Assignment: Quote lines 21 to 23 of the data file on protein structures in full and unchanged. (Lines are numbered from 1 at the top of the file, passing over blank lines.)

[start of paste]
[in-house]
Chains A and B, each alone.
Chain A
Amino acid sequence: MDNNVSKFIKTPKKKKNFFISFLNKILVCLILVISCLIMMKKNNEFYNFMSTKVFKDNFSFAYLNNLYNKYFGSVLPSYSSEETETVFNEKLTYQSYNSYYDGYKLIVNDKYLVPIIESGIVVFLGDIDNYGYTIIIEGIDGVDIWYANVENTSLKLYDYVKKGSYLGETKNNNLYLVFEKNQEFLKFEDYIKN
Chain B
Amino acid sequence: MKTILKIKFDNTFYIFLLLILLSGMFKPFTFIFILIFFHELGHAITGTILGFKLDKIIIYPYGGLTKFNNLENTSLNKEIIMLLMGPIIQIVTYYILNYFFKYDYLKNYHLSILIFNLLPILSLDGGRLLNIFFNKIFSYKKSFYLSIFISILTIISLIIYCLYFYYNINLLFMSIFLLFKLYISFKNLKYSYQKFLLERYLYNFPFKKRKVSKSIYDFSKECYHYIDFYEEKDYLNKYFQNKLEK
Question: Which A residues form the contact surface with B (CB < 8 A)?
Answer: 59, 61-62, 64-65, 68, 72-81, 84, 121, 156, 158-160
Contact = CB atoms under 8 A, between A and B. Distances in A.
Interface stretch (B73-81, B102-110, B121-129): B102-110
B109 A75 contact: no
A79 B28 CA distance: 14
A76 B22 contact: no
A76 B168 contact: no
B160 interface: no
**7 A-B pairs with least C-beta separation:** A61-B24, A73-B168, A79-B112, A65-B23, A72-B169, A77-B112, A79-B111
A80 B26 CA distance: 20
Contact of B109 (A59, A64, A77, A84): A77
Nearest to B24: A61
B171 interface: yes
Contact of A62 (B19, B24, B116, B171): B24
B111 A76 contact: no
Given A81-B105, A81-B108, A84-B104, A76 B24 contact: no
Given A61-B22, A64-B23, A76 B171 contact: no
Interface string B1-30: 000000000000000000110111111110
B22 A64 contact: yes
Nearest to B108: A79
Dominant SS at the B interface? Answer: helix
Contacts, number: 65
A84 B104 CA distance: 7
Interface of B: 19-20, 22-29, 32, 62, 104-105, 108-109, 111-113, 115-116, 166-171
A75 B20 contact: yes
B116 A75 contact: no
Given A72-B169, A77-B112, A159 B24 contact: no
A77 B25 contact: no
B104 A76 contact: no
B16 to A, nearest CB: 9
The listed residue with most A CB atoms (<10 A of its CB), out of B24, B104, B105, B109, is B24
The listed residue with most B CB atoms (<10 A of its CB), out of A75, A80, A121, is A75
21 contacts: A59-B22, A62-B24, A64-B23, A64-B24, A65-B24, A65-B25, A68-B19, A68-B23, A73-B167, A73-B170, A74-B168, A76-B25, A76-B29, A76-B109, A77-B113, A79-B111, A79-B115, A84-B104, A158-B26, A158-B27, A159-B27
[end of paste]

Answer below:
Contact of A62 (B19, B24, B116, B171): B24
B111 A76 contact: no
Given A81-B105, A81-B108, A84-B104, A76 B24 contact: no